It will be apparent to those skilled in the art having the benefit of this disclosure that the present invention contemplates a desirable improvement in the manner of handling arbitrary changes to a register that includes various types of register bits for use in an machine executing speculatively and out-of-order. It is understood that the form of the invention shown and described in the detailed description and the drawings are to be taken merely as presently preferred examples. It is intended that the following claims be interpreted broadly to embrace all the variations of the preferred embodiments disclosed.
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|U.S. Classification||712/23, 708/498, 712/221, 708/499, 712/E09.049, 708/495, 712/222, 712/E09.06|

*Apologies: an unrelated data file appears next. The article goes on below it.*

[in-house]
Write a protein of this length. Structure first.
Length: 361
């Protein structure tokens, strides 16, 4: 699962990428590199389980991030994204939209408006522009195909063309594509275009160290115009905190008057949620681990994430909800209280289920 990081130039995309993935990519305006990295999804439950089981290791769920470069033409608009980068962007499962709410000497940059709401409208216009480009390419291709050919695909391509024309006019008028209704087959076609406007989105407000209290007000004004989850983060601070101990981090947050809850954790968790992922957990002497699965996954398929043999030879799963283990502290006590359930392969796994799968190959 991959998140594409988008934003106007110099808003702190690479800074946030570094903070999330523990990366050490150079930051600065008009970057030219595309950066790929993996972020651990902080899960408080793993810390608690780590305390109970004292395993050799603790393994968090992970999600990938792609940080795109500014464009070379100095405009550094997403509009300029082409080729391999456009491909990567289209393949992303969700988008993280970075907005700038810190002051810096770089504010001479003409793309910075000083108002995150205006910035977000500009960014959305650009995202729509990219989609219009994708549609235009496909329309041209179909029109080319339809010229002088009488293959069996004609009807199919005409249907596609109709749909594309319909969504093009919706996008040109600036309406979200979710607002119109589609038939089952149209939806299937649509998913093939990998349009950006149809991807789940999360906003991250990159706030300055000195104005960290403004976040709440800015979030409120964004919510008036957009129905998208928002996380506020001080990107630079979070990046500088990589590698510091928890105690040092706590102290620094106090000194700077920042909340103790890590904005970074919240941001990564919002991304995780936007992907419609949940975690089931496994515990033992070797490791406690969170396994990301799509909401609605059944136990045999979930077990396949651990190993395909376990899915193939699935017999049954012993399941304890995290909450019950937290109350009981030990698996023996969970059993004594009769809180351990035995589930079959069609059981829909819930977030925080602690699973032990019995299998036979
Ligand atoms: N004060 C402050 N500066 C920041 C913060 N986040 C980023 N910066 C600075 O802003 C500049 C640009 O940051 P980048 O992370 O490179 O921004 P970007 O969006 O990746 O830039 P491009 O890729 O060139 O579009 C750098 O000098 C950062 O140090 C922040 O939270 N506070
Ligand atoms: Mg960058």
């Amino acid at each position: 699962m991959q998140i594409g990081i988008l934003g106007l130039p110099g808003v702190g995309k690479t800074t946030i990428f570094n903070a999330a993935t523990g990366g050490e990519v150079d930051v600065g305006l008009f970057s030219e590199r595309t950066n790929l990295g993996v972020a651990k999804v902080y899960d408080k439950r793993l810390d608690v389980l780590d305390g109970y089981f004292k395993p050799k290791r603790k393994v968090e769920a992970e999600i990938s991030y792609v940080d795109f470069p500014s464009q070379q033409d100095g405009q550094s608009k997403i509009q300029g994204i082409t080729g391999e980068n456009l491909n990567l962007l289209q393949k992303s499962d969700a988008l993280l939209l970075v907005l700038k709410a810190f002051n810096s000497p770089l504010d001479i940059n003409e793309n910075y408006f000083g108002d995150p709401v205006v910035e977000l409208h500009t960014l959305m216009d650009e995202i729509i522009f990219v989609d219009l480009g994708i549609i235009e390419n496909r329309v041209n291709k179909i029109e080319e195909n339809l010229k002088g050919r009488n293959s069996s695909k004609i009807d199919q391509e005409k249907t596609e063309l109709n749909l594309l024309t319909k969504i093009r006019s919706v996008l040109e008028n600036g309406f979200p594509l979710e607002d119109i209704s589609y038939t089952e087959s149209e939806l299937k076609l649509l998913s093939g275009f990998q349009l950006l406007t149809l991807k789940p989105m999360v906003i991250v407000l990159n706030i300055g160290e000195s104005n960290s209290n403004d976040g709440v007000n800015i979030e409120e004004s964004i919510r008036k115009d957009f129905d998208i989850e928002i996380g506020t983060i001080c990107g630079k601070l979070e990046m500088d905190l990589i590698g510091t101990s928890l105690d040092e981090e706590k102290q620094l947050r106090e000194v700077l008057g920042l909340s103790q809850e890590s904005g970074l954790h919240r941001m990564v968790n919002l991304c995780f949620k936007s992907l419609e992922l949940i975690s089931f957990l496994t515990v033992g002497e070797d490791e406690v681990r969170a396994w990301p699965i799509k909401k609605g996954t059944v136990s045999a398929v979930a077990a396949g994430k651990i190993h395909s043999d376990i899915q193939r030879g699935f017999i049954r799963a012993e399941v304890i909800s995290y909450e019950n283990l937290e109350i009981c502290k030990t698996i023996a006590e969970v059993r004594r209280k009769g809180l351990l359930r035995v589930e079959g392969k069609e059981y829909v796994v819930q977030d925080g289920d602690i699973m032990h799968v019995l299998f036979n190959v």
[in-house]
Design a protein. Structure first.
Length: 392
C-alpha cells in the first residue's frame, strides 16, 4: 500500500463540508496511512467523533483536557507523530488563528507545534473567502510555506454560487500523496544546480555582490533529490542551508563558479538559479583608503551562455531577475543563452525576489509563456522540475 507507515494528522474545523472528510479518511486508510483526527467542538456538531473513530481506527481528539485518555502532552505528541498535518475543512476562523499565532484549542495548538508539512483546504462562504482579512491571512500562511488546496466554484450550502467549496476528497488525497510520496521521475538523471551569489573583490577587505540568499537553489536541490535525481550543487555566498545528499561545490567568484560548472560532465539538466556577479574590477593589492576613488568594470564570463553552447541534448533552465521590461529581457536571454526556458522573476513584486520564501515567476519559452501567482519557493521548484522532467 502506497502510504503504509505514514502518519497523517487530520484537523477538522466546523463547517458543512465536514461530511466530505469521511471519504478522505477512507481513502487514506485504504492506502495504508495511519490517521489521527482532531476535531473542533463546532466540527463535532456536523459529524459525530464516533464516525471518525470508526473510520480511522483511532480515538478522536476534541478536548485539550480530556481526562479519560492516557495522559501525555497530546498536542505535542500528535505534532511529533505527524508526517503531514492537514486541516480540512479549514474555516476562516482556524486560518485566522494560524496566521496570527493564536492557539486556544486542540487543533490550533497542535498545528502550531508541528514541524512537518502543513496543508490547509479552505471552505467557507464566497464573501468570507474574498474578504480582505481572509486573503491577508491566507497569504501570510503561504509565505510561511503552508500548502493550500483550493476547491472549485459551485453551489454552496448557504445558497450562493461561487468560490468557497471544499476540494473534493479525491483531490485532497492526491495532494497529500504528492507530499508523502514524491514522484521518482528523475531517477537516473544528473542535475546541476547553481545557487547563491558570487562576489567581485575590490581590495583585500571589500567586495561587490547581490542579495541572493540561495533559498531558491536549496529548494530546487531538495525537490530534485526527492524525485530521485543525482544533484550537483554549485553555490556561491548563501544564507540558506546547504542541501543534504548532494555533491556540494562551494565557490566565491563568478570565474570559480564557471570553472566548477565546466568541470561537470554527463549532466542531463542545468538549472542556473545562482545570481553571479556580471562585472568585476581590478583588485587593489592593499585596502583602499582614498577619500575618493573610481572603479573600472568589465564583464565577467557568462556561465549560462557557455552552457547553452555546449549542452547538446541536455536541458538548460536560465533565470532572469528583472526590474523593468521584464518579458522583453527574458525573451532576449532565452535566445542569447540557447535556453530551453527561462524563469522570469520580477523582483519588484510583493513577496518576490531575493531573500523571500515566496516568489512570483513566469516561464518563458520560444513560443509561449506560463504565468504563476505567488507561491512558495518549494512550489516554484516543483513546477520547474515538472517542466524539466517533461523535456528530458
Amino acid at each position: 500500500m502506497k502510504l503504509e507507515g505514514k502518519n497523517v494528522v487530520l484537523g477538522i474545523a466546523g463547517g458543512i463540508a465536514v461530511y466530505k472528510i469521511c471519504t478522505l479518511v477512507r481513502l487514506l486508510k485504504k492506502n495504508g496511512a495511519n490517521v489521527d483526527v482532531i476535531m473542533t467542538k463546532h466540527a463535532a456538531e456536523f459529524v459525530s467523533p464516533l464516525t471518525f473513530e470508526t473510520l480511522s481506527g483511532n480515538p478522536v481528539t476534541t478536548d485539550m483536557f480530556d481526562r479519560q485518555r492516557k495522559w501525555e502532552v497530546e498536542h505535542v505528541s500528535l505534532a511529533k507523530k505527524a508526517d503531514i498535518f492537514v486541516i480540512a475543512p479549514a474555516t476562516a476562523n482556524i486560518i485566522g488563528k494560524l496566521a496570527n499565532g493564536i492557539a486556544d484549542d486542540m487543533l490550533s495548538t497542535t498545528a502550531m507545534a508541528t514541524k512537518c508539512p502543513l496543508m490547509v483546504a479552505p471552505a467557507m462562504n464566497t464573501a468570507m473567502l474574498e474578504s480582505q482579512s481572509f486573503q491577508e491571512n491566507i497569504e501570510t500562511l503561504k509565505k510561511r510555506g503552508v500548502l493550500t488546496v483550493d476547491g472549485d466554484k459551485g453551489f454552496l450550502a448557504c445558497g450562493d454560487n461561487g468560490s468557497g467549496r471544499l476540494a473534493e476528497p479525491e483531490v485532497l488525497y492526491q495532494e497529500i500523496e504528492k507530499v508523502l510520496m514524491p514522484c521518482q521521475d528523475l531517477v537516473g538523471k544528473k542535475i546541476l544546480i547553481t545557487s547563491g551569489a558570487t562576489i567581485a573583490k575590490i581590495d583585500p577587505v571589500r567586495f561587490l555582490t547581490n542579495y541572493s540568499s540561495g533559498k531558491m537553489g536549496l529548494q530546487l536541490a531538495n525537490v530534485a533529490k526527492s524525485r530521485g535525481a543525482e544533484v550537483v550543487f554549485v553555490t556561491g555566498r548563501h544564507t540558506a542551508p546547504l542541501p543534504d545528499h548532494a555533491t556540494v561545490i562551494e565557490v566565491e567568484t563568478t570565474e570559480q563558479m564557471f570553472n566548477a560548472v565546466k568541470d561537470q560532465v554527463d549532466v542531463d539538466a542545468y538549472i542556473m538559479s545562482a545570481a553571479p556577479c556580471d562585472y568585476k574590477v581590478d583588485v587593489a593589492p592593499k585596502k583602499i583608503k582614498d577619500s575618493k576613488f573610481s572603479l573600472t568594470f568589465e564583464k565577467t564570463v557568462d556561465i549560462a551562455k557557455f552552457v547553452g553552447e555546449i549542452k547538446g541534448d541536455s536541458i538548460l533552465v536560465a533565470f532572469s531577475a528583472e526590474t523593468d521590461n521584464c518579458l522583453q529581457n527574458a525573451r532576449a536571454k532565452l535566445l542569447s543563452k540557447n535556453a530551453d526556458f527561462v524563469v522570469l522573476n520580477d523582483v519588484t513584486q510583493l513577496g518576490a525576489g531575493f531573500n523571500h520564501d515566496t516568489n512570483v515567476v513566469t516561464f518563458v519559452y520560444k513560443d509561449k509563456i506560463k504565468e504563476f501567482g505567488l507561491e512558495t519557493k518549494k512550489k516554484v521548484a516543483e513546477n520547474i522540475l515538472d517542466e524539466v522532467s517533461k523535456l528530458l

|International Classification||G06F9/38, G06F9/34|
|Cooperative Classification||G06F9/384, G06F9/3857, G06F9/3836, G06F9/3865|
|European Classification||G06F9/38H3, G06F9/38E|
|Oct 14, 1999||AS||Assignment|
Owner name: INTERNATIONAL BUSINESS MACHINES CORPORATION, NEW Y
Free format text: ASSIGNMENT OF ASSIGNORS INTEREST;ASSIGNORS:MCDONALD, ROBERT GREG;LIU, PIECHUN PETER;OLSON, CHRISTOPHER HAUS;REEL/FRAME:010320/0079;SIGNING DATES FROM 19991004 TO 19991006
|Jan 9, 2006||FPAY||Fee payment|
Year of fee payment: 4
|Jun 28, 2010||REMI||Maintenance fee reminder mailed|
|Nov 19, 2010||LAPS||Lapse for failure to pay maintenance fees|
|Jan 11, 2011||FP||Expired due to failure to pay maintenance fee|
Effective date: 20101119